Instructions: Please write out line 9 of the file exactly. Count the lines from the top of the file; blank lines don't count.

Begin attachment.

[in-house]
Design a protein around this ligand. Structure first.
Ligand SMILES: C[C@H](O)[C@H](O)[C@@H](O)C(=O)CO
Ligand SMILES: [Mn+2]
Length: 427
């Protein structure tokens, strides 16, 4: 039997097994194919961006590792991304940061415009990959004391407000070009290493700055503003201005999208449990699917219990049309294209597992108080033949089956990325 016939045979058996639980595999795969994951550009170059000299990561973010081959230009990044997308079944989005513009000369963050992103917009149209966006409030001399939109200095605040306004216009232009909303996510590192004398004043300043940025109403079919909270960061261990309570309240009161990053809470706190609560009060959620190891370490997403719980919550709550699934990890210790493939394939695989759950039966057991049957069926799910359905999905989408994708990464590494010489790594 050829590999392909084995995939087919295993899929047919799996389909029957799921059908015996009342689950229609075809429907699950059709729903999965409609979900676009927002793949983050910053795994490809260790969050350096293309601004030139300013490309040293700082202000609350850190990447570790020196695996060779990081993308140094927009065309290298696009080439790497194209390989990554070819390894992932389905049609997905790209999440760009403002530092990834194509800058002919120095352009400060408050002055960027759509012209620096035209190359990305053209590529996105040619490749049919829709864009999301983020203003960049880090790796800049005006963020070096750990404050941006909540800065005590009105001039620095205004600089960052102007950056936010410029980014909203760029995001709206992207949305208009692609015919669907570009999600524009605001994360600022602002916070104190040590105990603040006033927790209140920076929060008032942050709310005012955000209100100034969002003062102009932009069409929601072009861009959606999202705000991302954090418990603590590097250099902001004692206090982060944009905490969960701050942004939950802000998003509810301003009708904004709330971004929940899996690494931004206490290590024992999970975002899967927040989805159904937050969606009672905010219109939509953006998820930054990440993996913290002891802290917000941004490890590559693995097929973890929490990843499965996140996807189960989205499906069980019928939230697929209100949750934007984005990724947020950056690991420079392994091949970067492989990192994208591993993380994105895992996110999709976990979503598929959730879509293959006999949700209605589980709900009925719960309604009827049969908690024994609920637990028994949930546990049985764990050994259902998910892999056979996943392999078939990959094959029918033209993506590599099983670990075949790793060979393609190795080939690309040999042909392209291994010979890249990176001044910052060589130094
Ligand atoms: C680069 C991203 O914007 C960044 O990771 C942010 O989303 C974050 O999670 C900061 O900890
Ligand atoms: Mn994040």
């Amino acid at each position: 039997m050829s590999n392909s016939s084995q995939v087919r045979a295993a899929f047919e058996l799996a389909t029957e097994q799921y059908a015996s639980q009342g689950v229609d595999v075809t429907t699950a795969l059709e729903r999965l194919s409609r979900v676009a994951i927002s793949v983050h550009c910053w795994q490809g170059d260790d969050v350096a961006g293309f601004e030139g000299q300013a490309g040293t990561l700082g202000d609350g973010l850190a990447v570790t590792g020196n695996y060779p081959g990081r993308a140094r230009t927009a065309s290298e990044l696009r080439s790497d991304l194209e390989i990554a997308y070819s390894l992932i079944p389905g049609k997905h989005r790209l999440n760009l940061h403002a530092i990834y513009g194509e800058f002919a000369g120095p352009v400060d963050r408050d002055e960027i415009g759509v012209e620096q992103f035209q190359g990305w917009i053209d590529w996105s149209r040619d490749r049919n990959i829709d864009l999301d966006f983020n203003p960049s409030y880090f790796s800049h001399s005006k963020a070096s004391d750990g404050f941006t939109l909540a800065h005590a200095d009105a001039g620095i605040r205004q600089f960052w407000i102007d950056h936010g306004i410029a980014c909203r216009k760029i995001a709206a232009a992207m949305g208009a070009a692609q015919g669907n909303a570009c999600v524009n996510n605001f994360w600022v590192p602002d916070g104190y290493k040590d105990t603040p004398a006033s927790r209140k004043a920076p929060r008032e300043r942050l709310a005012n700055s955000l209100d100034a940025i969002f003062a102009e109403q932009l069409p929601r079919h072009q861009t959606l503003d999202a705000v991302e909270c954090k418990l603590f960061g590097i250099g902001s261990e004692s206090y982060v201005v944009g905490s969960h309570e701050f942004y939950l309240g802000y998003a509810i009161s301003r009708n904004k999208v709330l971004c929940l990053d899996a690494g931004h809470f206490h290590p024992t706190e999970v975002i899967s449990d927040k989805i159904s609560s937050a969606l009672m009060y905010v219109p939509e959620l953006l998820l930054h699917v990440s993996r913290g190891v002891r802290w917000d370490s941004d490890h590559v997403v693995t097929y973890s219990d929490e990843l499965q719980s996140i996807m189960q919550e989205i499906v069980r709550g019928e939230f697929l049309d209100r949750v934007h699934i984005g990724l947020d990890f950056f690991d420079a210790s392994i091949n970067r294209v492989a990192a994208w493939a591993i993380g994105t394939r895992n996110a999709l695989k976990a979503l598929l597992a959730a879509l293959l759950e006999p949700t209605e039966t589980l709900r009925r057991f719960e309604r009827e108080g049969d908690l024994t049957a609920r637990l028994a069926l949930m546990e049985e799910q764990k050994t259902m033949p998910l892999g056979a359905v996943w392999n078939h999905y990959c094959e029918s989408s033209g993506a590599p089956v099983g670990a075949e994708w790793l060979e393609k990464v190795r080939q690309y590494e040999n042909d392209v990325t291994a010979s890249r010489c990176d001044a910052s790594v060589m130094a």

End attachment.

């Amino acid at each position: 039997m050829s590999n392909s016939s084995q995939v087919r045979a295993a899929f047919e058996l799996a389909t029957e097994q799921y059908a015996s639980q009342g689950v229609d595999v075809t429907t699950a795969l059709e729903r999965l194919s409609r979900v676009a994951i927002s793949v983050h550009c910053w795994q490809g170059d260790d969050v350096a961006g293309f601004e030139g000299q300013a490309g040293t990561l700082g202000d609350g973010l850190a990447v570790t590792g020196n695996y060779p081959g990081r993308a140094r230009t927009a065309s290298e990044l696009r080439s790497d991304l194209e390989i990554a997308y070819s390894l992932i079944p389905g049609k997905h989005r790209l999440n760009l940061h403002a530092i990834y513009g194509e800058f002919a000369g120095p352009v400060d963050r408050d002055e960027i415009g759509v012209e620096q992103f035209q190359g990305w917009i053209d590529w996105s149209r040619d490749r049919n990959i829709d864009l999301d966006f983020n203003p960049s409030y880090f790796s800049h001399s005006k963020a070096s004391d750990g404050f941006t939109l909540a800065h005590a200095d009105a001039g620095i605040r205004q600089f960052w407000i102007d950056h936010g306004i410029a980014c909203r216009k760029i995001a709206a232009a992207m949305g208009a070009a692609q015919g669907n909303a570009c999600v524009n996510n605001f994360w600022v590192p602002d916070g104190y290493k040590d105990t603040p004398a006033s927790r209140k004043a920076p929060r008032e300043r942050l709310a005012n700055s955000l209100d100034a940025i969002f003062a102009e109403q932009l069409p929601r079919h072009q861009t959606l503003d999202a705000v991302e909270c954090k418990l603590f960061g590097i250099g902001s261990e004692s206090y982060v201005v944009g905490s969960h309570e701050f942004y939950l309240g802000y998003a509810i009161s301003r009708n904004k999208v709330l971004c929940l990053d899996a690494g931004h809470f206490h290590p024992t706190e999970v975002i899967s449990d927040k989805i159904s609560s937050a969606l009672m009060y905010v219109p939509e959620l953006l998820l930054h699917v990440s993996r913290g190891v002891r802290w917000d370490s941004d490890h590559v997403v693995t097929y973890s219990d929490e990843l499965q719980s996140i996807m189960q919550e989205i499906v069980r709550g019928e939230f697929l049309d209100r949750v934007h699934i984005g990724l947020d990890f950056f690991d420079a210790s392994i091949n970067r294209v492989a990192a994208w493939a591993i993380g994105t394939r895992n996110a999709l695989k976990a979503l598929l597992a959730a879509l293959l759950e006999p949700t209605e039966t589980l709900r009925r057991f719960e309604r009827e108080g049969d908690l024994t049957a609920r637990l028994a069926l949930m546990e049985e799910q764990k050994t259902m033949p998910l892999g056979a359905v996943w392999n078939h999905y990959c094959e029918s989408s033209g993506a590599p089956v099983g670990a075949e994708w790793l060979e393609k990464v190795r080939q690309y590494e040999n042909d392209v990325t291994a010979s890249r010489c990176d001044a910052s790594v060589m130094a």